2.3.2 Meeting the guidelines for the third principle, understandable

The following are some of the points that you might want to keep in mind when creating web content and web sites that meet the Web Content Accessibility Guidelines 2.0 principle of understandable.

Level A Accessibility requirements:

  • Every web page has some method of indicating, programmatically, the language main used to write the text. In this case, language refers to the languages spoken by the users such as English, French, Spanish, Mandarin, etc. It is important for developers to provide that information so that the assistive devices and other systems can change their language automatically. Screen readers can load the correct pronunciation rules. Visual browsers can display characters and scripts correctly. Media players can show captions correctly. As a result, users with disabilities will be better able to understand the content.
  • If users interact with the organization by filling out applications or by using input forms then please ensure the following is in place.
    • All input fields or controls are clearly labelled using plain language
    • All instructions are meaningful, to the point and in plain language.
  • If the application has an error checking mechanism, then if possible include the following functions.
    • Ensure that the error checking mechanism notes and describes any errors in the text.
    • Ensure that the error checking mechanism indicates that there has been an error at the point at which the error has occurred so that the user can find it easily and make the necessary corrections. This would not preclude collecting all the errors on a page and listing the material the top of the page. Refer also to Example 1 on the next page.
  • Never cause an object receiving focus to cause a substantial change in context without warning
    • e.g., some "roll-over" events cause additional helper information to appear somewhere on the display — A keyboard user tabs through a web page with complex terms. When the user tabs over a complex term a dialogue box launches without 'activation' to explain the concept, moving the keyboard focus away from the control every time the user attempts to tab past the field.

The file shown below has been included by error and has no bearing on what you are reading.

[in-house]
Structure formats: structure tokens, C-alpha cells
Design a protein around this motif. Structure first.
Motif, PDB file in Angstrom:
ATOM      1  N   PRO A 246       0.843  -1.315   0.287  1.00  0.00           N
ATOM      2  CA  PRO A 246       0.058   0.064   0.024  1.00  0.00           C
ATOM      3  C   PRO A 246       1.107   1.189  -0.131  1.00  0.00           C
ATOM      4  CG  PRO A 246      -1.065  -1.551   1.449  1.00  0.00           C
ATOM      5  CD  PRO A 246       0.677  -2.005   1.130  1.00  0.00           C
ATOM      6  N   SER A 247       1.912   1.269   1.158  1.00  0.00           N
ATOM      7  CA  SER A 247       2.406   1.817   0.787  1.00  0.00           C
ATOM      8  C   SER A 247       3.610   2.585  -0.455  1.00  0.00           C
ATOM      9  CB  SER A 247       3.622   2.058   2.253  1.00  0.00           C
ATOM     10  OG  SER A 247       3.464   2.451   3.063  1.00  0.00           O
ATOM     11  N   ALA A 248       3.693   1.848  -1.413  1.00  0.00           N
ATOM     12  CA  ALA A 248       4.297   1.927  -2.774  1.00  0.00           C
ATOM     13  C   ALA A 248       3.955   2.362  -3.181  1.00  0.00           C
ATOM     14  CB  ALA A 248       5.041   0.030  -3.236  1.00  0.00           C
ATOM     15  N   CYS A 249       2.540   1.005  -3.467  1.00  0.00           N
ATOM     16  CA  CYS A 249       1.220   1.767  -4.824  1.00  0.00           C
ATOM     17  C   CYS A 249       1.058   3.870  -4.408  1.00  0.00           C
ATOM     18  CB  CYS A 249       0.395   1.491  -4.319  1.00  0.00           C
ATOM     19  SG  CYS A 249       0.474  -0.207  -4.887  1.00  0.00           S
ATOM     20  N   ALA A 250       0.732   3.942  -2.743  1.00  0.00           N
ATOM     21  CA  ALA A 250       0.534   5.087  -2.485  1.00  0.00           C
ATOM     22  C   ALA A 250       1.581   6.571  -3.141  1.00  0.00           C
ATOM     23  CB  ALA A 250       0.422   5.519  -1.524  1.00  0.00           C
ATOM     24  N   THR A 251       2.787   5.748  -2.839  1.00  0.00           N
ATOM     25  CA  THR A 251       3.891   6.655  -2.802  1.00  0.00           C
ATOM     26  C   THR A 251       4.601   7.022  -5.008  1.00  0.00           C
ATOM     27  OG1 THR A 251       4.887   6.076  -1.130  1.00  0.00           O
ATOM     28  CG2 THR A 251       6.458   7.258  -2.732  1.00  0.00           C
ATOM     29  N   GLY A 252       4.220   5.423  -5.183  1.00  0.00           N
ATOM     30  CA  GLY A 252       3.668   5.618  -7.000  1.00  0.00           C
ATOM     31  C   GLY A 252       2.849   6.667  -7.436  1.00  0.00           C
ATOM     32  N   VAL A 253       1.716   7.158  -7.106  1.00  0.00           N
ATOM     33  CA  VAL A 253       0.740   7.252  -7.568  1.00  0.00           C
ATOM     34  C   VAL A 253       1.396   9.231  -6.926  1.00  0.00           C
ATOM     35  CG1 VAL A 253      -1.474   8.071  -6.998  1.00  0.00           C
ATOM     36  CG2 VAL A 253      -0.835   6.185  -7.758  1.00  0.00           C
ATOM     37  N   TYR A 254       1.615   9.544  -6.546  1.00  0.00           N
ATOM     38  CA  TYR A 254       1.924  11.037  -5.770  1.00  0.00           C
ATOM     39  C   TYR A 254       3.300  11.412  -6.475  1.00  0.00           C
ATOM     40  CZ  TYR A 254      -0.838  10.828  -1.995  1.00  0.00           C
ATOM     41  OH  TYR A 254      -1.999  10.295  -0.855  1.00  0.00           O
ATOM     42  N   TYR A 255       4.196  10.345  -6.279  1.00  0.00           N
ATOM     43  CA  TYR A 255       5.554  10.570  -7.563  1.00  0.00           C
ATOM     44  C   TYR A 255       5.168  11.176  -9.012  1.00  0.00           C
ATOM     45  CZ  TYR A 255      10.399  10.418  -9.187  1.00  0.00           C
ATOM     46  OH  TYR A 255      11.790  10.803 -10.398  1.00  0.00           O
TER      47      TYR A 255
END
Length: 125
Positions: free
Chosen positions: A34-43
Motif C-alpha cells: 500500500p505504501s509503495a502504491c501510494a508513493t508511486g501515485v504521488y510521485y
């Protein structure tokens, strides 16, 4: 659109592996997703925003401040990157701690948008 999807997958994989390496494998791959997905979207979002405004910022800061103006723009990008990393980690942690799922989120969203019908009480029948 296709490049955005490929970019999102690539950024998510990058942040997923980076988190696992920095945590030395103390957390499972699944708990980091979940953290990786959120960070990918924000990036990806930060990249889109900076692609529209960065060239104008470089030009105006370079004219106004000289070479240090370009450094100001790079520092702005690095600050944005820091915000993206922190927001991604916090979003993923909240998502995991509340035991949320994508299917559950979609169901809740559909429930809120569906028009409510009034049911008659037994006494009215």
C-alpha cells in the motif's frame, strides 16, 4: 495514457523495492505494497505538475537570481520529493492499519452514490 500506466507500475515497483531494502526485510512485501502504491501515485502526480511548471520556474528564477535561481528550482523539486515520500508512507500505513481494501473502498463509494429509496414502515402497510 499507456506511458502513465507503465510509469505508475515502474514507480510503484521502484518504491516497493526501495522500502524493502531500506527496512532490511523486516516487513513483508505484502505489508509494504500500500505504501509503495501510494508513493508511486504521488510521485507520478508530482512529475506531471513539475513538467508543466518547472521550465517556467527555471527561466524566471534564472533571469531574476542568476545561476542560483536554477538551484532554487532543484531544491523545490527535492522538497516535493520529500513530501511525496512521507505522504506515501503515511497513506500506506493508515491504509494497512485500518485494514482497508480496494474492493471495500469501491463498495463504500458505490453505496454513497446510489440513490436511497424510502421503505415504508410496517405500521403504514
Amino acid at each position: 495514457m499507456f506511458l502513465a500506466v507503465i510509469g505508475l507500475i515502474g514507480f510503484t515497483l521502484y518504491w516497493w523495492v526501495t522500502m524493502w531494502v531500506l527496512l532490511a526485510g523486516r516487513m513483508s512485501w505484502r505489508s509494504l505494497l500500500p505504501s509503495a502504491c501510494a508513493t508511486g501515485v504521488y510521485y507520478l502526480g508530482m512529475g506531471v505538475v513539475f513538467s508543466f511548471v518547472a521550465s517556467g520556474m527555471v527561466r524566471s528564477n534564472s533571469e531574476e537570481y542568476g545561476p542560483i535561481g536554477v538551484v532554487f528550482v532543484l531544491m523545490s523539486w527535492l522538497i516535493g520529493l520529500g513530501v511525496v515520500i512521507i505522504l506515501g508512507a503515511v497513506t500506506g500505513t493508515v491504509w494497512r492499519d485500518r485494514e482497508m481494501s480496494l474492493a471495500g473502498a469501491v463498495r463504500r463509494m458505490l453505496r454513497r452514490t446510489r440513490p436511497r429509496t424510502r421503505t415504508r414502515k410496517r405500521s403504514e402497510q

• Provide warning to users if an action (event) triggered in one page location causes a change in another page location (which may not be detectable by the user or their assistive devices).
    • e.g., selecting different options from a questionnaire form causes a different set follow-up questions to appear.

Level AA Accessibility Requirements:

  • Provide users with suggestions when errors are made. Refer also to Example 2 below.
  • Every phrase or passage within the web page — with specific exceptions — has some method of indicating, programmatically, the human language (e.g. English, French, Spanish, etc.). For example, the web page may be in English, but if the author has used the French phrase "raison d'être", you should indicate a change in the human language. Refer also to Example 3 on the next page.
  • Navigation mechanisms that are repeated on numerous pages — like the navigation bar often found on the left side of a web page — should always occur in the same relative order. You must also be consistent when using components that have the same functionality. For example, you wouldn't want to title your search component on the website "search" on one page and "find" on another.
  • If users are submitting information that causes a legal or financial commitment; changes their user-controllable stored data or test responses, then make it so the transaction can be reversed OR data is checked for input errors, OR the user can confirm before submitting.